Fears for St Helier Hospital's future as two hospitals could face major cuts
The future of St Helier’s accident and emergency looks even bleaker after it was recommended that two A&Es should close in the region.
The healthcare review Better Services Better Value review (BSBV) last year proposed St Helier Hospital should lose its vital services.
The fight to save the hospital has been dealt another blow after BSBV’s programme board announced on Wednesday, January 9, that two hospitals out of four should lose their A&E and maternity departments.
Either St Helier, Epsom, Kingston or Croydon University Hospital will lose their key departments under the proposals.
A similar announcement was made in March last year and after a scoring panel and financial appraisal it was recommended that St Helier should be the one to face the cuts.
However BSBV, which has already cost taxpayers £2m, is carrying out the same review again but this time including Epsom Hospital in the process.
Politicians and campaigners have been fighting to save St Helier Hospital since it was threatened last year and Ruth Dombey, the leader of Sutton Council said: “If Sutton were to lose these services it would mean our residents would be without local first class medical care.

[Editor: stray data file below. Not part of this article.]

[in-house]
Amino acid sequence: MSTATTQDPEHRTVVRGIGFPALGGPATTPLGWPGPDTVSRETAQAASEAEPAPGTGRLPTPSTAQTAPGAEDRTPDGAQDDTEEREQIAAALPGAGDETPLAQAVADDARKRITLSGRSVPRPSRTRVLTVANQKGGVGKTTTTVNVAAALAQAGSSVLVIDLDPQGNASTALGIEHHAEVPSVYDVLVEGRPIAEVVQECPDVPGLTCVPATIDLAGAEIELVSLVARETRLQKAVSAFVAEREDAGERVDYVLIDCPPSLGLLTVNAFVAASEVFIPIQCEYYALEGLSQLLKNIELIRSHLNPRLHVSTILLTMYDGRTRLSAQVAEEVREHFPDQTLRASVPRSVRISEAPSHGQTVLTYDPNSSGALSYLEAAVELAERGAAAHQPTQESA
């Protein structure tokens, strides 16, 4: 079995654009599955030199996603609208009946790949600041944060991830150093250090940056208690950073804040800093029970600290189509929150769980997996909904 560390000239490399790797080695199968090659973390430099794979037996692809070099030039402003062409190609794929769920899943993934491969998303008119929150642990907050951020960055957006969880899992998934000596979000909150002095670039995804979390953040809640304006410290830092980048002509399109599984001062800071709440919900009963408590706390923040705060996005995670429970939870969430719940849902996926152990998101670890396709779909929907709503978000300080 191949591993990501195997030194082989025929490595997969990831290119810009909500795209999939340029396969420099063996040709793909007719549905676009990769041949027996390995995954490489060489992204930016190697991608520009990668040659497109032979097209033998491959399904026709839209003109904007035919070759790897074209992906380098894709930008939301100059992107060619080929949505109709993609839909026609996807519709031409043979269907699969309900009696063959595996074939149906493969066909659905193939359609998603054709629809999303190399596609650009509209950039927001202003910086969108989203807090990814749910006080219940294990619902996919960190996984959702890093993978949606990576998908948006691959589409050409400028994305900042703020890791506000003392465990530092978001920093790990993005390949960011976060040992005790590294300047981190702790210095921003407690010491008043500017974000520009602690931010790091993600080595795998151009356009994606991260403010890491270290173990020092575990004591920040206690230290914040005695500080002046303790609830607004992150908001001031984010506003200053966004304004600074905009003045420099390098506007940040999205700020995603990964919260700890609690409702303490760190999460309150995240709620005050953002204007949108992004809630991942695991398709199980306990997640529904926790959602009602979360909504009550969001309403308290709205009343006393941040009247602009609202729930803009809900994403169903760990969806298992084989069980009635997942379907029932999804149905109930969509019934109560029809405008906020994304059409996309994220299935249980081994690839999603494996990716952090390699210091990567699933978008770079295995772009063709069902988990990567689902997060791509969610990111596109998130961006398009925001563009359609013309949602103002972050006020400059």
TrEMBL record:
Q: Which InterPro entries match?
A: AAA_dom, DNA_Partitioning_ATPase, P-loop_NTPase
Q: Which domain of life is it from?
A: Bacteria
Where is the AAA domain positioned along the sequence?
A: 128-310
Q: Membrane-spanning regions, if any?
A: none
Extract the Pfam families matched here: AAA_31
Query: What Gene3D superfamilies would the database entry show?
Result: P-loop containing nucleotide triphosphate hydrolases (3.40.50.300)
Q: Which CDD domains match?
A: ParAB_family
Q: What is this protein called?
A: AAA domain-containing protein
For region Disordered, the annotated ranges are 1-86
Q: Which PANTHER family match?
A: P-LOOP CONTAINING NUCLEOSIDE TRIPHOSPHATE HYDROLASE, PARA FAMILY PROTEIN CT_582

“We are dedicated to ensuring this doesn’t happen and as a council we will continue to back the hospital in its time of need.”
Councillor Mary Burstow, the chairperson of the health and well being scrutiny committee, said: “It’s our local hospital. It’s vital.
“Anyone who thinks going to St George’s only takes ten minutes has clearly not made the journey on a regular basis.
“I don’t think any hospital should lose its services. I think we need all our hospitals and all our A&Es.”
Michael Bailey, consultant urologist and medical director for the BSBV programme, said: “I would strongly emphasise that no decisions have been made yet.
"These are clinical recommendations from local doctors and nurses only. Further work needs to be done to determine whether they would work in practice.
"We need to look at the impact on patient travel times, NHS staff numbers and what it would mean in terms of finances.
"What the Programme Board agreed was that this work will now be taken forward. Once we have agreed formal recommendations, we will consult the public later this year on whatever is proposed."